Today on DT Daily: Google unveils a very cute driverless concept car, Skype demonstrates some Star Trek-like translation technology, and why buy food when you can just print it out?
Google’s fleet of modified self-driving Priuses and Lexuses are common sites around Silicon Valley, but now, Google has unveiled a purpose-built autonomous concept car and taken it for a spin.
In a video called “A First Drive,” Google rolls the tiny auto-pod 2-seater out of a truck and then loads it up with willing passengers of every stripe. Highlights for the perhaps overly cute robot car include a long list of missing items: no steering wheel, no gas pedal and no brake pedal! There are just two buttons: one to get you going and another to stop the car if something goes terribly wrong.
Top speed is set for 25mph right now, but Sergey Brin says once the safety tech matures, there’s no reason the cars couldn’t go 100 mph. We like your thinking, Sergey.
Remember how Captain Kirk was able to talk to all those aliens in English on Star Trek? He used what they cleverly called a “universal translator,” and now Skype, along with Microsoft, has demonstrated just such a technology during a video phone call.
And we must say, it was a pretty convincing demo. During the call, the tech translated English to German and back again with only a few minor errors. Microsoft says the tech, imaginatively called “Skype Translator,” will launch in Windows 8 towards the end of this year. Redmond says it’s based on the same tech that powers Cortana, Microsoft’s answer to Apple’s Siri and Google Voice. But will it translate Klingon? That’s going to be important.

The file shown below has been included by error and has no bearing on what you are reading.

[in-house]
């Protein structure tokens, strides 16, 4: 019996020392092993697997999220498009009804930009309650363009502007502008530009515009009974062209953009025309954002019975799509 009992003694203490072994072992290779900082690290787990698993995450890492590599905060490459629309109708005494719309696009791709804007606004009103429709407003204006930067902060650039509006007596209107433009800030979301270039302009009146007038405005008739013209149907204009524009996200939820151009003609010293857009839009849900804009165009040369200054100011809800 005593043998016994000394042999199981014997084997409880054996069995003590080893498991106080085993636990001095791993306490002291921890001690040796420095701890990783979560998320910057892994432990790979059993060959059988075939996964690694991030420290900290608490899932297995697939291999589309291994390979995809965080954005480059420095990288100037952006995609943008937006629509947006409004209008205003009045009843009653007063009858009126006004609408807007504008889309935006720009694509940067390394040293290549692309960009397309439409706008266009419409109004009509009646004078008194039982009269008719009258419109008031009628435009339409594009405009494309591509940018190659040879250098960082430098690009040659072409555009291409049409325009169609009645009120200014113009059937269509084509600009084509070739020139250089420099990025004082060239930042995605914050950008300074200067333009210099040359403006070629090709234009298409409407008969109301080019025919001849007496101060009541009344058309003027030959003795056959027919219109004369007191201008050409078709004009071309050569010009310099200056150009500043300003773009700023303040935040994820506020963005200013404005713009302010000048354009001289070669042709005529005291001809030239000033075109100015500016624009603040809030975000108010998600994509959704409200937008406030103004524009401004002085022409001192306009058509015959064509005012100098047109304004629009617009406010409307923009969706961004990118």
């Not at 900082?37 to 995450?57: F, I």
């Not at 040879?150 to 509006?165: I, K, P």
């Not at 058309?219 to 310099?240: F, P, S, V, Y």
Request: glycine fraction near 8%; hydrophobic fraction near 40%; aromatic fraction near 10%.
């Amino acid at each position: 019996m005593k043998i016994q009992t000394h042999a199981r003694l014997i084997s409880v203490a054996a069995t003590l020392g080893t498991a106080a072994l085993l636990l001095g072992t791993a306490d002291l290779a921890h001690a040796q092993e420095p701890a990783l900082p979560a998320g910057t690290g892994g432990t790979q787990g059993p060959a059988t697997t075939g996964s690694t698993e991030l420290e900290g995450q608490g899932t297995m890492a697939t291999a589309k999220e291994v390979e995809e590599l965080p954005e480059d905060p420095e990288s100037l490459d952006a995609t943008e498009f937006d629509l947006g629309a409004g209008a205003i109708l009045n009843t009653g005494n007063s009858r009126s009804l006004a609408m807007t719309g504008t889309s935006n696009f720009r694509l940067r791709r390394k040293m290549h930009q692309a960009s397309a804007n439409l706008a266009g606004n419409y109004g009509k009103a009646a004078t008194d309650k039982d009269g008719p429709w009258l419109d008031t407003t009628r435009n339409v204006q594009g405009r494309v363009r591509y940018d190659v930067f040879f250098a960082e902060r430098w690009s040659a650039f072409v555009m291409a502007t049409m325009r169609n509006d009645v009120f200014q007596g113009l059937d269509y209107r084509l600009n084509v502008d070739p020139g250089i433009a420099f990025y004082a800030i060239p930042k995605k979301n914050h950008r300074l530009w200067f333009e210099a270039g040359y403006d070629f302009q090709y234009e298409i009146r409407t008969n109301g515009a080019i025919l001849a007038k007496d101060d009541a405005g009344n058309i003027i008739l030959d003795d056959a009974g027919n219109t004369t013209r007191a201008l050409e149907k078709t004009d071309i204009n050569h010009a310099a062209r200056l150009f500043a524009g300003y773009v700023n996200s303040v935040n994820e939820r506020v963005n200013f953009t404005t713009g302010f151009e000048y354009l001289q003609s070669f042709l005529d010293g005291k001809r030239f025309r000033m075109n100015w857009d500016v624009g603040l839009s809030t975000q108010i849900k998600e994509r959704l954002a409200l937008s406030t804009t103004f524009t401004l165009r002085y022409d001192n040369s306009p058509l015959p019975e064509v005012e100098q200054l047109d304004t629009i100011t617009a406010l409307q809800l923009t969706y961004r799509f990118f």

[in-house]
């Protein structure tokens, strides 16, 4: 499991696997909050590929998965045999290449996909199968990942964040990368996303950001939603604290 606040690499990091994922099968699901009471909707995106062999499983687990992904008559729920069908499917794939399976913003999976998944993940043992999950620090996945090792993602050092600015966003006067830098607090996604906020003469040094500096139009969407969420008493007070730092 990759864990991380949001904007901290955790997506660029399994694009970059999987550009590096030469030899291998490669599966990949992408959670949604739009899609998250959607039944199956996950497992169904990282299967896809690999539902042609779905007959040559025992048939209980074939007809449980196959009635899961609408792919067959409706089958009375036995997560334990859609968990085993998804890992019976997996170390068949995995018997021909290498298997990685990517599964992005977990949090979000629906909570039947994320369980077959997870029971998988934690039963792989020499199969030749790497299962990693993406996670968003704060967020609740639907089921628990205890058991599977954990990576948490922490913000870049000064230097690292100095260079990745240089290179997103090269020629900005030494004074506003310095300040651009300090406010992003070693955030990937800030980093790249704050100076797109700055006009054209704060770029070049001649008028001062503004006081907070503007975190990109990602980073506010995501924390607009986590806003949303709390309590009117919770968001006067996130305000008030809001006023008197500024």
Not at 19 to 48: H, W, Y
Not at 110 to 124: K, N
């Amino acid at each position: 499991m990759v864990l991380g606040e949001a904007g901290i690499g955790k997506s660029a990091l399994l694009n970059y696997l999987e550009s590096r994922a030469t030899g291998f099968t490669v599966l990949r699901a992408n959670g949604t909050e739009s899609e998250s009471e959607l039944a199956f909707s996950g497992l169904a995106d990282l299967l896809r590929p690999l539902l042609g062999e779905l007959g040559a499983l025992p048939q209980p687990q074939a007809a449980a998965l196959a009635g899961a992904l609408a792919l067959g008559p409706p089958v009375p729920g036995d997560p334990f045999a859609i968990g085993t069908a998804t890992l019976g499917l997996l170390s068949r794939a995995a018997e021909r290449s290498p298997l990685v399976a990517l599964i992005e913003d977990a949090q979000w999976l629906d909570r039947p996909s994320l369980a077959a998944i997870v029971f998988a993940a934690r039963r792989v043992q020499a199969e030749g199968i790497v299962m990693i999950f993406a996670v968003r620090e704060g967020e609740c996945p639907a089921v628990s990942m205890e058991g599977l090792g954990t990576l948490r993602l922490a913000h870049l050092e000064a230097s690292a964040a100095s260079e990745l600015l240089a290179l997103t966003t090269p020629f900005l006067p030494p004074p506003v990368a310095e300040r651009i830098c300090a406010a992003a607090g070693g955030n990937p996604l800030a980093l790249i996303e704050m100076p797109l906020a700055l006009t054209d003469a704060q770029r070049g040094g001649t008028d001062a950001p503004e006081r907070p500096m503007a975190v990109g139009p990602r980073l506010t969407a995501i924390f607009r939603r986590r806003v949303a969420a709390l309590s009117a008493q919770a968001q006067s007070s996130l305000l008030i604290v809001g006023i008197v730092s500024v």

Let’s see, so far we’ve seen 3D printers make cars, prosthetics, houses, pancakes, whatever that is, guns and a lot more. So what’s left? How about food? And not just some slop that will keep you alive during the zombie apocalypse, but actual real food, as in fruit. Well, cross it off the list because this 3D printer just assembled a raspberry, so you know banana splits can’t be far behind.
Using a process called spherification, Dovetailed assembled the tasty treat in mere minutes and says users can even print up new fruits that nature hasn’t thought of yet. That’s to say nothing of what this tech might be able to do for world hunger and nutrition overall. It’s still in the prototype stage but we already have some probably really bad ideas of what to make next.
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You host today is Caleb Denison.
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